WH: The writing terribly thing is really about the first draft or getting over writer’s block—sometimes all that is stopping a writer from the actual work of writing is the fear of not producing a 'perfect' piece. I think that’s why I like 'playwright' so much—the title implies that words must be worked and wrought (I am pushing to be a 'wrighter' instead of a 'writer'). Write a terrible first draft so that you have something to work with. Be brave and try that weird structure and see if it works, use placeholders so you can run to your next plot point—fixing it is a second, third, fourth draft problem (perhaps at that stage you are both a wrighter and a righter).

The quote about inflicting boredom stems from some very good advice I got from Phil Mann when he mentored me through the second draft of my first novel. I thought I was being VERY clever by introducing a red herring to the story and he asked me why I wanted to trick the reader. And the only thing I could really say was that I wanted to show them that I was a good writer. Phil said something like 'So it doesn’t serve the story?' (only in a much nicer way—he was a very generous teacher!). That question from Phil made me think about the relationship between writer and reader. It is rare that a reader comes to a work to hate it, so they come with a heap of goodwill. It is up to us as writers to 'spend' that goodwill wisely. Perhaps that word play (see above) is fun for you—but tiresome to the reader, you’ve lost some goodwill that might have been better spent challenging the reader’s worldview. I think boring stories are stories that don’t let me in as a reader, that don’t give me the space to be part of the experience of a story.

TC: I want to close by talking about what readers can look forward to next. In an interview with Stuff in April, you said, ‘When I was writing Kurangaituku and struggling with it, I was talking with Witi Ihimaera…[and] he very calmly asked if some of my problems were because I was trying to write three novels and squish them together as one. He was right.’ In that same interview, you revealed that you were working on the second novel of that trio, titled Ariā at that time. How is this novel coming? Is it still called Ariā? Are you willing to reveal anything about the content, themes, or shape of this second related work? Finally, when do you reckon we’ll see it in bookshops?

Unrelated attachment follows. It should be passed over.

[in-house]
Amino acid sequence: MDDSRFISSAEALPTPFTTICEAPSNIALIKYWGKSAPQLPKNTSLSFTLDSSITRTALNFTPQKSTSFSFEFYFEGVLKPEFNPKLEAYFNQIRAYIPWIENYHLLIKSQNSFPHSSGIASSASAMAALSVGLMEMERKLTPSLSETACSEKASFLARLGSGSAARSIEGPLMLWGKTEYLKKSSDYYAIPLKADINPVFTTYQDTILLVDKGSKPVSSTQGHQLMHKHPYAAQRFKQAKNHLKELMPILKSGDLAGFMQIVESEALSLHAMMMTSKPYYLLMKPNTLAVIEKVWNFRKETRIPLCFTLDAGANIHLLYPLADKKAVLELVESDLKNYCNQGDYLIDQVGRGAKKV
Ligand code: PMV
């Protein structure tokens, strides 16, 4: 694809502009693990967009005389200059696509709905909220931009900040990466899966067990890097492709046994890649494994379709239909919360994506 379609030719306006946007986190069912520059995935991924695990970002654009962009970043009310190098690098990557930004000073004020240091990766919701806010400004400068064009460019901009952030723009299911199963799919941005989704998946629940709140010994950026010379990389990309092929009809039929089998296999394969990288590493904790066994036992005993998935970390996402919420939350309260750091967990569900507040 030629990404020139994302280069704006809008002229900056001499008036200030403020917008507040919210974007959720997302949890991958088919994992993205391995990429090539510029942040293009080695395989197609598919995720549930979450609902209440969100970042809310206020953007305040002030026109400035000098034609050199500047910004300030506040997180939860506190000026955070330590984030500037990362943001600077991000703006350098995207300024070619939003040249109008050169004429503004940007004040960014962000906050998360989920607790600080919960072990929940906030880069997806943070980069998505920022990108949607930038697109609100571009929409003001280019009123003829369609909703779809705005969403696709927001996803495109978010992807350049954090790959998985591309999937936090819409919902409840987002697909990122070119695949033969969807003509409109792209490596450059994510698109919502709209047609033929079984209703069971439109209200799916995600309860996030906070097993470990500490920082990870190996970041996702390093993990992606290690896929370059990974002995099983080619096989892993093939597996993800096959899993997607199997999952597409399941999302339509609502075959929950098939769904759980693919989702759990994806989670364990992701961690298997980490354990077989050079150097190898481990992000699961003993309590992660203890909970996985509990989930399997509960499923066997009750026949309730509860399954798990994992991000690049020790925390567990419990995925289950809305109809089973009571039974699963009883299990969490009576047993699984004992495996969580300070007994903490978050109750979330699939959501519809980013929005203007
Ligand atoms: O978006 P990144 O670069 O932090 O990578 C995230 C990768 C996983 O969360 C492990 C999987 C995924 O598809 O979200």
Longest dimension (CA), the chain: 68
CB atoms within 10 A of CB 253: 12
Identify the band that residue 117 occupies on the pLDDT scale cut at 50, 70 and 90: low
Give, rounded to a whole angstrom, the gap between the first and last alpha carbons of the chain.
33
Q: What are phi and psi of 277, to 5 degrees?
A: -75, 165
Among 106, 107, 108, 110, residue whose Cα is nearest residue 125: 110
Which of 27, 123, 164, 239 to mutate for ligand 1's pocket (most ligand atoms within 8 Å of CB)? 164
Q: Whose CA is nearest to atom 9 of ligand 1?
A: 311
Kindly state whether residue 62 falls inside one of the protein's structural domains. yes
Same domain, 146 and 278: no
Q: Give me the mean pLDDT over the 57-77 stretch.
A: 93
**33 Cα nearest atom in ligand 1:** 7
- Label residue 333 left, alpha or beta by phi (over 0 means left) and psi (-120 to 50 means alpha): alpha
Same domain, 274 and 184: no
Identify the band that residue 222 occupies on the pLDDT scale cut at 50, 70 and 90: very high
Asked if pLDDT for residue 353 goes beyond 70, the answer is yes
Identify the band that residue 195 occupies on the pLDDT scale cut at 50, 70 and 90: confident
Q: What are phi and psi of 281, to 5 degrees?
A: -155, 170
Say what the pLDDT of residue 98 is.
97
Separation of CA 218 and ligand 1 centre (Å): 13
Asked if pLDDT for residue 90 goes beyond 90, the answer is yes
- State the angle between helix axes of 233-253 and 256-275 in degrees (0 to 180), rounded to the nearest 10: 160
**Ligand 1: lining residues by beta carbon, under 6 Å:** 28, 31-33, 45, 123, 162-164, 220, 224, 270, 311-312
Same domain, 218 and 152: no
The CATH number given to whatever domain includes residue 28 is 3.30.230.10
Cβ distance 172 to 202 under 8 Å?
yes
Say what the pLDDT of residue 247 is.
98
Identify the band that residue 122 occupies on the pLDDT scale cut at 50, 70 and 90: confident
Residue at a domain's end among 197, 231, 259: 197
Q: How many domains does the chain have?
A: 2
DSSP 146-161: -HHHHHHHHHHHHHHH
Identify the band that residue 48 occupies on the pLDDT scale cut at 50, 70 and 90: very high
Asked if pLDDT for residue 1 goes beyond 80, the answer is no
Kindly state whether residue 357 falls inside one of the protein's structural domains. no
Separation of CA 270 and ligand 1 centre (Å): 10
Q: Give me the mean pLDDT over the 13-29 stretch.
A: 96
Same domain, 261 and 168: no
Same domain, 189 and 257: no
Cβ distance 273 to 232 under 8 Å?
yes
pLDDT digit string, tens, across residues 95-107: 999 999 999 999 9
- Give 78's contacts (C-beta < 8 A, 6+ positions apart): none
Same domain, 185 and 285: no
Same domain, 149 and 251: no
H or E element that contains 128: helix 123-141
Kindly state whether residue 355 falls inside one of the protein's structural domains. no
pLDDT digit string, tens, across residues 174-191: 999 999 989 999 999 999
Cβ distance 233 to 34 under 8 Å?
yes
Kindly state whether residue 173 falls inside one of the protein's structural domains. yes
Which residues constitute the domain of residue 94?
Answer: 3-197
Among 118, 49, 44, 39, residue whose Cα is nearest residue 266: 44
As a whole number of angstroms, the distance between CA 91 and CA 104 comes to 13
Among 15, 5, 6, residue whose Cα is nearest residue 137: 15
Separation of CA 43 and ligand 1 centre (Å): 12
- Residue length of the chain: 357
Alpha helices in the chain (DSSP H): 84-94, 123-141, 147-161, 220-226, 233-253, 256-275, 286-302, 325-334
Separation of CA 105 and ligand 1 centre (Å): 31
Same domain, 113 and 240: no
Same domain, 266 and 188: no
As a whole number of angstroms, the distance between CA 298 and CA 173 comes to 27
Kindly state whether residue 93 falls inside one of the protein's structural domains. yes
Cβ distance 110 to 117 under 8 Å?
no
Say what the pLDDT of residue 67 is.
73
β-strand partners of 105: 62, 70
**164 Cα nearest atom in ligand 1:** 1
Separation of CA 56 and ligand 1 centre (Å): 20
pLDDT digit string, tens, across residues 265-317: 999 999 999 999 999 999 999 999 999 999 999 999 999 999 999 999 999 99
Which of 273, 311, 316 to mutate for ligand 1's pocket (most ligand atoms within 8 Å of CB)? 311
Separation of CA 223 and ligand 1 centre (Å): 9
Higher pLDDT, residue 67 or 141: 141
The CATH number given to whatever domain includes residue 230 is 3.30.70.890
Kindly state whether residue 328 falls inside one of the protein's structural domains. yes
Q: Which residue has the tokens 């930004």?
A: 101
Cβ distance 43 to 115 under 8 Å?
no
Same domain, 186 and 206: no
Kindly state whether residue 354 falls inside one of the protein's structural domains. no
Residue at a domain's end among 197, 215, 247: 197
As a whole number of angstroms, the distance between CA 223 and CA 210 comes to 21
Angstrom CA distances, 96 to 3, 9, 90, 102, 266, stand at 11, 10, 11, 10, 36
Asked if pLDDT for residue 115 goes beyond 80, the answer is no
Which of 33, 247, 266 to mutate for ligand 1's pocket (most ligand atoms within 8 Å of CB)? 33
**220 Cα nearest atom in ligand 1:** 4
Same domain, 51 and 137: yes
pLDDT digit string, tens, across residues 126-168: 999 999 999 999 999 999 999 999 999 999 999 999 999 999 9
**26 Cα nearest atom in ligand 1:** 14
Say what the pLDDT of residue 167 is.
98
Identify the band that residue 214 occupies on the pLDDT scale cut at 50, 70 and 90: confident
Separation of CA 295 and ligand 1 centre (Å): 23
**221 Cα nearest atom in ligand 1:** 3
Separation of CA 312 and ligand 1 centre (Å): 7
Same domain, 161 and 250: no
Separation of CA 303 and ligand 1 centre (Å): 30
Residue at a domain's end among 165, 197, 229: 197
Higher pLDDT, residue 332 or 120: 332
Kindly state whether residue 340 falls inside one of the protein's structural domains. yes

WH: Ariā is coming along... slowly! The plan was to get stuck into it around June/July this year in between teaching commitments and I was instead (delightfully) distracted by post-Ockham engagements. I have already written a fair chunk of it (around 20K words) but that was a few years ago so I’m not sure if those words still fit with my ever-evolving vision. Truthfully, I’m at the stage when I’m talking a big game—lots of ideas and enthusiasm and not a lot of words on screen.

The name of the novel—Ariā—is the name of the protagonist, hints at her vocation as an artist (when translated to likeness, concept) and what will happen to her (the likeness of an Atua—Kurangaituku here). This novel will be a haunting or possession (and perhaps obsession?) story, and Kurangaituku will appear again but as the muse and obsession of Ariā. I’m building on the idea in Kurangaituku that the more her story is told, the easier it is for her to manifest in this reality.

I’m also not quite finished with the idea of who is the actual monster in stories—so I’m thinking of perhaps subverting what we expect in horror stories, that the supernatural is the source of horror. Instead, perhaps 'reality' is actually more terrifying.

Ariā is also an alternative history. It is set in the 1980s through to the end of 1999 or early 2000—when something catastrophic happens to the world. Perhaps that’s really an alternative future by the time I get to the third book.

I’m playing with page design (or hoping to!). I quite like the idea of a literal marginal story pushing the main story off the page. I don’t know how I’m going to do that, but I didn’t know how I was going to work the structure in Kurangaituku either.

I’m aiming for each of the books to be interlinked by themes and motifs (and Kurangaituku!) but they are all stand-alone and can be read in any order.

When will it be in bookshops? Hopefully within the next ten years! I would like to get stuck into Ariā properly in 2023, so I’m hoping for 2025...



Photo credit Tabitha Arthur

Thom Conroy

Thom Conroy is the author of The Salted Air and The Naturalist (Penguin Random-House) and the editor of the essay collection Home (Massey University Press). His short fiction, widely published in New Zealand and the US, has been recognised by Best American Short Stories and received other awards, including the Katherine Ann Porter Prize in Fiction. He is a senior lecturer in Creative Writing at Massey University and the Editor-in-Chief of Headland.